[time-nuts] Lady Heather Server On Raspberry Pi 2 Model B?

Ralph Smith ralph at ralphsmith.org
Thu Jan 14 17:55:34 UTC 2016

I wrote a program called tboltd that does just that. You have the option
of having it write the time to shared memory and using NTP's SHM driver.
You can get it at http://topoatlas.com/tboltd/tboltd.gz. It compiles on
FreeBSD, not sure about Linux. tboltd allows LH to connect while it does
its thing.


>> On Jan 12, 2016, at 4:20 PM, Chris Caudle <chris at chriscaudle.org> wrote:
>>>> On Jan 12, 2016, at 7:17 AM, Chris Caudle <chris at chriscaudle.org>
>>>> wrote:
>>>> Can ntpd using a Thunderbolt as a time source run cooperatively with
>>>> LH
>>>> accessing the same Thunderbolt over ser2net?  That seems like the best
>> On Tue, January 12, 2016 4:01 pm, Nick Sayer via time-nuts wrote:
>>> I'm going to guess no, because only one thing can connect to the
>>> ser2net socket at a time.
>> No, ntpd would be getting time from the serial port, not from the
>> network
>> socket.
> You’re right. I may be wrong, but I would expect that either gapd or
> ser2net would want to open the serial device exclusively, which would
> spoil things.
>>  The idea would be that ntpd was getting the clock time from the
>> serial port, but the time messages would be interleaved with whatever
>> data
>> the Thunderbolt was sending back in request to the LH commands.
> You might investigate whether you could make some sort of intermediate
> service that could be a client of gpsd and provide the listening socket
> for LH. If you’re fortunate, LH may be able to just connect up to gpsd
> directly. gpsd has the wherewithal to interleave client access, if I am
> not mistaken.
>> LH would also be seeing the time messages, but it sees those anyway, so
>> I
>> think the only concern would be the behavior of ntpd when all the data
>> from LH commands is going by.  Possibly a second concern of whether ntpd
>> sends any commands to the Thunderbolt that might cause LH to be confused
>> by responses to commands LH did not send.
>>> If I were going to do it, what I might do is connect up the PPS output
>>> of
>>> the tbolt to a GPIO pin of the RPi and configure that pin for the pps
>>> device and set up ntpd for that.
>> You still have to get wall clock time from somewhere, PPS just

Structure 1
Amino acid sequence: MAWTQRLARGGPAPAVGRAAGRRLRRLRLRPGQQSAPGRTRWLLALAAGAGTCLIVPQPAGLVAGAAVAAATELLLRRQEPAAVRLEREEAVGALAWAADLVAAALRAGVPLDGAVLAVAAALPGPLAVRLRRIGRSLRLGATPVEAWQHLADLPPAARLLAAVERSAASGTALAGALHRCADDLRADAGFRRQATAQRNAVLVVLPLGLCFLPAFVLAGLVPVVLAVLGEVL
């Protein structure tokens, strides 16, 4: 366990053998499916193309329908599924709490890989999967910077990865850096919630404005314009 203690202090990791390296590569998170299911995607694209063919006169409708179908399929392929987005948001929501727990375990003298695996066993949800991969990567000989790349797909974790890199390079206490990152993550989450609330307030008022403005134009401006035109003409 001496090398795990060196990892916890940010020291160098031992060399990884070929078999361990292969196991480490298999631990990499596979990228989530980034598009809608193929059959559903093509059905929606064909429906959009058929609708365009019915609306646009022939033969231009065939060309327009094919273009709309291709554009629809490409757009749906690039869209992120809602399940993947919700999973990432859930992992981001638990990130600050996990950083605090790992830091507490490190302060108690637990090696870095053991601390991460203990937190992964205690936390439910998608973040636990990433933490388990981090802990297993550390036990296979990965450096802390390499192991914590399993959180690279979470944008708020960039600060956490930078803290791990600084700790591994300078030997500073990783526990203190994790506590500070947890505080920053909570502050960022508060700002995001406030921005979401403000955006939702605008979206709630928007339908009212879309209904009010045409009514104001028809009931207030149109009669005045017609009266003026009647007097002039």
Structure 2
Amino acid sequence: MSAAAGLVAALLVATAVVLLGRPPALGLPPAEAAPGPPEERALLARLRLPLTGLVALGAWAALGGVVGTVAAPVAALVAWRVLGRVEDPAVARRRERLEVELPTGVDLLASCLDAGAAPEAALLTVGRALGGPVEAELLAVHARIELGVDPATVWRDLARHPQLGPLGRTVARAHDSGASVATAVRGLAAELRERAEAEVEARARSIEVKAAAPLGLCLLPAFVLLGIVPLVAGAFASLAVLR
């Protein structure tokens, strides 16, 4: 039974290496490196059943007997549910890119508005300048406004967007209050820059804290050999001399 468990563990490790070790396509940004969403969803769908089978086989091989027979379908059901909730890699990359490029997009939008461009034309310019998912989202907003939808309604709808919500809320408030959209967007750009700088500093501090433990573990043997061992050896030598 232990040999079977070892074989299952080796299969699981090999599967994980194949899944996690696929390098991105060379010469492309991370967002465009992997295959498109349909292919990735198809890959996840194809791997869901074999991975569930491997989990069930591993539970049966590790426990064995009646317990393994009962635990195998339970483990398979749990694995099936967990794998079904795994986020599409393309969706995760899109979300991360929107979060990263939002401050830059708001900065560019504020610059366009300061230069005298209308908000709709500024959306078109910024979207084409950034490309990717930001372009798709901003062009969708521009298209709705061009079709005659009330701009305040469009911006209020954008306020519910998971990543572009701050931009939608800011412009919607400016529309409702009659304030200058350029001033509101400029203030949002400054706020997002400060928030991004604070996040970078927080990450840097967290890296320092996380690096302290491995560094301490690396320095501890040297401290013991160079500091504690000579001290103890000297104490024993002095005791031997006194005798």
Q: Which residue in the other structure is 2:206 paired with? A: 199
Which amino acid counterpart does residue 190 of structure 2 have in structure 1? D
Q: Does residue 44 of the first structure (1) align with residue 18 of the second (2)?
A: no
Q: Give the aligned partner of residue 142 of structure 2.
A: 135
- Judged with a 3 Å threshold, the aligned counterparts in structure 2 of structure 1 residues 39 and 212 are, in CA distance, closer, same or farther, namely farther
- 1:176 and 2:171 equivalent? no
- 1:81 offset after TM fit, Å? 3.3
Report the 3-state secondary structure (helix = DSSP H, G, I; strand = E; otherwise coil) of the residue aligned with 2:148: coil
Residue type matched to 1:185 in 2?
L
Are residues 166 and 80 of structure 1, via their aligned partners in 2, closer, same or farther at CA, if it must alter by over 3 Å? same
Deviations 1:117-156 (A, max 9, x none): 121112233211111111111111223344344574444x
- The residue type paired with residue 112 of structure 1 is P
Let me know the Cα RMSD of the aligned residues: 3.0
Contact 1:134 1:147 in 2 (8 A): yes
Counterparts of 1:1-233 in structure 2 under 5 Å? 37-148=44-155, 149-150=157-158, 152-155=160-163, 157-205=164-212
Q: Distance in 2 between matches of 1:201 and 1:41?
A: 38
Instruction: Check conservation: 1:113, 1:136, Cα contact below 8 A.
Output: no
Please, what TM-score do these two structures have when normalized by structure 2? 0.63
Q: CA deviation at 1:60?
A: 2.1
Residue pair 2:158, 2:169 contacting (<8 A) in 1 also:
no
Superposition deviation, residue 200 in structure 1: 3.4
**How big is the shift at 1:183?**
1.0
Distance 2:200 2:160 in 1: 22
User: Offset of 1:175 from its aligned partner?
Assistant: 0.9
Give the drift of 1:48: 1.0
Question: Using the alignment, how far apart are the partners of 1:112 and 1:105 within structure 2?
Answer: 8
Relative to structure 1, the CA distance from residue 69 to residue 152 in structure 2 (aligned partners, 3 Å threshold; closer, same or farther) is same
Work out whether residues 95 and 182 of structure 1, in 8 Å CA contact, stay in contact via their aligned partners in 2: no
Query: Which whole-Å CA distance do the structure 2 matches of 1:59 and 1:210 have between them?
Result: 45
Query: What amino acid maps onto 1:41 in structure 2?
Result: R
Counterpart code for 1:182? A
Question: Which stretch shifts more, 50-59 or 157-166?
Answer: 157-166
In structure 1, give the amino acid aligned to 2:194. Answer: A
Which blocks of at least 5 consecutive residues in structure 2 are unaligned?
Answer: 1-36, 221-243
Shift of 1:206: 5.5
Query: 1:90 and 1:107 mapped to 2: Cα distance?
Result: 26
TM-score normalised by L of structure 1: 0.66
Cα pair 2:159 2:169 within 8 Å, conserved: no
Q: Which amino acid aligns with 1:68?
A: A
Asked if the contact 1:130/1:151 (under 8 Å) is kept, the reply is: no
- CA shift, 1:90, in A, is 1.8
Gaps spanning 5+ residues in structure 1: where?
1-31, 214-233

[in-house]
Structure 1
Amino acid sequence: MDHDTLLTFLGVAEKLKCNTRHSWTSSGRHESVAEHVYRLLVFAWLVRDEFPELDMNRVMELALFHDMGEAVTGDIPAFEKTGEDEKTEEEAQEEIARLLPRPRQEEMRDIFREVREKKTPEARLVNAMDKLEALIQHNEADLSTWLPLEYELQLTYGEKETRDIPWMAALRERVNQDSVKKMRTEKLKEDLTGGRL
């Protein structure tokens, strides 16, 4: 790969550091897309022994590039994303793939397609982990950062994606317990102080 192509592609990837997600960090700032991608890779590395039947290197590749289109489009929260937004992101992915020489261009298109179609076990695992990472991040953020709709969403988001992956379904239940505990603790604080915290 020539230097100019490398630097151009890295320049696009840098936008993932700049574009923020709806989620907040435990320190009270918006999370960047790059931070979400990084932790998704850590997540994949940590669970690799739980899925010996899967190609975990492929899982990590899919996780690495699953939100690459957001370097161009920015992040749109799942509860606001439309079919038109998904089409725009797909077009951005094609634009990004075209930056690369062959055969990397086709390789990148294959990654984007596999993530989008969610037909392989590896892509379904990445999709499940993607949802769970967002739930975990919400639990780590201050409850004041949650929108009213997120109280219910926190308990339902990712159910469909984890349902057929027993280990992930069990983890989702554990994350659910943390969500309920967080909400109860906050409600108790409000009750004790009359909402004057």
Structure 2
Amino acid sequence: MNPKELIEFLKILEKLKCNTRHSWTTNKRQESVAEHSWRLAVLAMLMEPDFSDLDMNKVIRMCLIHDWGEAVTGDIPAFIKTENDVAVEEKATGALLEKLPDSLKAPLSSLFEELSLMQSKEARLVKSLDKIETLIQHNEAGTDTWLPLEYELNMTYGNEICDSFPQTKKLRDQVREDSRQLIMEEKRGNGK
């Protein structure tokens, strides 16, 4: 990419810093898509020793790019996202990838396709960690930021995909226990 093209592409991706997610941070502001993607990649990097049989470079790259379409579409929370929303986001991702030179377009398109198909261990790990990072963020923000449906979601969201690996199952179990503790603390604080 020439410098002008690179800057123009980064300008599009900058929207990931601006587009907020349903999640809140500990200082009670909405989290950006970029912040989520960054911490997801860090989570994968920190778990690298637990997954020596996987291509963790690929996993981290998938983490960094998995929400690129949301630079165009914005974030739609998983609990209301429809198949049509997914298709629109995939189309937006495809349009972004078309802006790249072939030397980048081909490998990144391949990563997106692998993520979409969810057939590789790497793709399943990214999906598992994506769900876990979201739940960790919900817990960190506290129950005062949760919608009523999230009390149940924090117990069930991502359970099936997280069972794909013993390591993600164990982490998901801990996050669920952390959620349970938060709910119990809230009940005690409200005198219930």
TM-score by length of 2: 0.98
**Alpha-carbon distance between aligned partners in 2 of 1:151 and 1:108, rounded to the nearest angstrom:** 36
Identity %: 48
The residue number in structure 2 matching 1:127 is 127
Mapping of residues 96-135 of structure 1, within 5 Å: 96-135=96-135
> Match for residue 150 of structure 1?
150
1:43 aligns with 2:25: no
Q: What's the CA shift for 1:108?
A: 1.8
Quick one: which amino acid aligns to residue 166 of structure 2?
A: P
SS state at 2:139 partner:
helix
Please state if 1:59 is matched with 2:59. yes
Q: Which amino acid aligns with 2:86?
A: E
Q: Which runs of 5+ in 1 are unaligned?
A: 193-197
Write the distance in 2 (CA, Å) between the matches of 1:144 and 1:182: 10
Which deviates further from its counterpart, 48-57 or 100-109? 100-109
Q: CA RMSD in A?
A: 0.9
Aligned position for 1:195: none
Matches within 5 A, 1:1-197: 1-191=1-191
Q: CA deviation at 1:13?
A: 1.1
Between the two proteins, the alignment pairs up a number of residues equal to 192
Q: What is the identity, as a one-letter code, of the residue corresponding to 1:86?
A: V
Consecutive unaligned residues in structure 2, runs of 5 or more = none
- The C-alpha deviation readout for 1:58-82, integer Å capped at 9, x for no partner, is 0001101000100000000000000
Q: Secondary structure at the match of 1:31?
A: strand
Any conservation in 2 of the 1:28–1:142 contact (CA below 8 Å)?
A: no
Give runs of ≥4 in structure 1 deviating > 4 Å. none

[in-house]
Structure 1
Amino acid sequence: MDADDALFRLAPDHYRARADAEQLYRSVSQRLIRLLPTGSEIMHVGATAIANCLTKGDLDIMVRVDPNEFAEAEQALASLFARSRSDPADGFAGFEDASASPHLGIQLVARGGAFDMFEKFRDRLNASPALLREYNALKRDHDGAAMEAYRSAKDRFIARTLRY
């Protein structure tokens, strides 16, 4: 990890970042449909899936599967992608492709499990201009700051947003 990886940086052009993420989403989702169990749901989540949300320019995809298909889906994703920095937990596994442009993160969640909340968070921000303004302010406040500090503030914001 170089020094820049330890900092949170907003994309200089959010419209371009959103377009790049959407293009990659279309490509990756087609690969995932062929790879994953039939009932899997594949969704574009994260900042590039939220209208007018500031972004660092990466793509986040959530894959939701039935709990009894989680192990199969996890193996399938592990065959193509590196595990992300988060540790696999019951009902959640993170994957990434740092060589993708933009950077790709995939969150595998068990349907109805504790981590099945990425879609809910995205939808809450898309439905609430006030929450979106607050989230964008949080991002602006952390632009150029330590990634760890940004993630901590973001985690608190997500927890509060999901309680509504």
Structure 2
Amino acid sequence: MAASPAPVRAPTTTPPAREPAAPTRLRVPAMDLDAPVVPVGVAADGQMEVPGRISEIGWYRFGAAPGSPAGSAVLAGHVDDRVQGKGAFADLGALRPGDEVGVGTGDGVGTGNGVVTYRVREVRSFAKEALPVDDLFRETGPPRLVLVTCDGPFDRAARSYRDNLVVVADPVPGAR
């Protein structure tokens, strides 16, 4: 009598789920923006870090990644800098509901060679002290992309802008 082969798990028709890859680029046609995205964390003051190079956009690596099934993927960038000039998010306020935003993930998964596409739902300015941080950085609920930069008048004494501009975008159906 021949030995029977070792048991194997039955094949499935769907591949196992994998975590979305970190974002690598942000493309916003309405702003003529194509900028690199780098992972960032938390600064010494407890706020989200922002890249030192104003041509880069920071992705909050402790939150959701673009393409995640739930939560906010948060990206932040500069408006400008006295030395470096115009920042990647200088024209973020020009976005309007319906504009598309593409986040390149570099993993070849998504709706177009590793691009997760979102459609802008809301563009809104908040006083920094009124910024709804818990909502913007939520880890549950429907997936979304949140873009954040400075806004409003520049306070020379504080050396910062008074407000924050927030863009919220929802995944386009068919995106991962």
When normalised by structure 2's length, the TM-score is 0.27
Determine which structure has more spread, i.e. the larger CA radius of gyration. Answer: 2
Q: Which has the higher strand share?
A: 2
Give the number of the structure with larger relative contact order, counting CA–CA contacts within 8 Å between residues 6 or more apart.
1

>> delineates
>> the seconds, it doesn't name the seconds.
> Of course. You just have ordinary ntp peers for that.
>> For some cases you could have ntpd get the starting time from another
>> network source and just use PPS to keep track of the seconds after that,
>> but then you would still have corner cases of knowing when leap seconds
>> occurred, maybe others.
> Well ntp ostensibly takes care of that too.
>> And of course if you relied on network access to other time servers you
>> could not operate on an isolated network.
> That’s true. My goal, though, was just to contribute to the ntp pool, so
> connectivity is assumed.
>>> That way, LH can have the serial
>>> interface all to itself. I've done this with a far more ordinary GPS
>>> module to make a public stratum 1 server out of a Pi Zero for the NTP
>>> pool
>>> (ntp.kfu.com).
>> How did it get the correct time set at startup?  Did it have to query
>> other network servers to set the time, then the PPS controlled the clock
>> after that?
> Yup.
>> Can it be a "stratum 1" server if it has to rely on another server to
>> get
>> the correct time when it starts up?  I guess it could if it doesn't
>> serve
>> time until it has checked with other stratum 1 servers to make sure the
>> time is correct.
> That’s exactly right - it doesn’t claim stratum 1 until it gets an ntp
> lock over the network (at which point it can claim stratum 2 normally),
> and then it starts to take the pps updates and claims stratum 1.
>> Sorry, didn't mean to go off into those weeds, but that isn't the system
>> I
>> want.
>> I want a machine which can get the correct current time without
>> reference
>> to another system, which means that ntpd must get the time information
>> from somewhere, either by directly reading the serial port, or passed
>> through from gpsd which is reading the serial port, or some similar
>> setup.
>> The PPS driver would be connected directly to ntpd.
> The issue with the serial data stream in my case is that there’s no
> synchronization in it that’s sub-second accurate. That is, there’s no
> way to know which leading edge of which bit in the NMEA sentence is lined
> up with the start of the GPS second. And even if you get that, the serial
> driver doesn’t have any mechanism to accurately time-stamp the incoming
> characters - at least not nearly as well as the pps device. Now, that may
> not be the case with the tbolt, but with the module that that server’s
> using, trying to actually sync acceptably with gpsd is an exercise in
> futility. It’s much faster to just ignore the serial data and get synced
> initially over the network.
>> --
>> Chris Caudle
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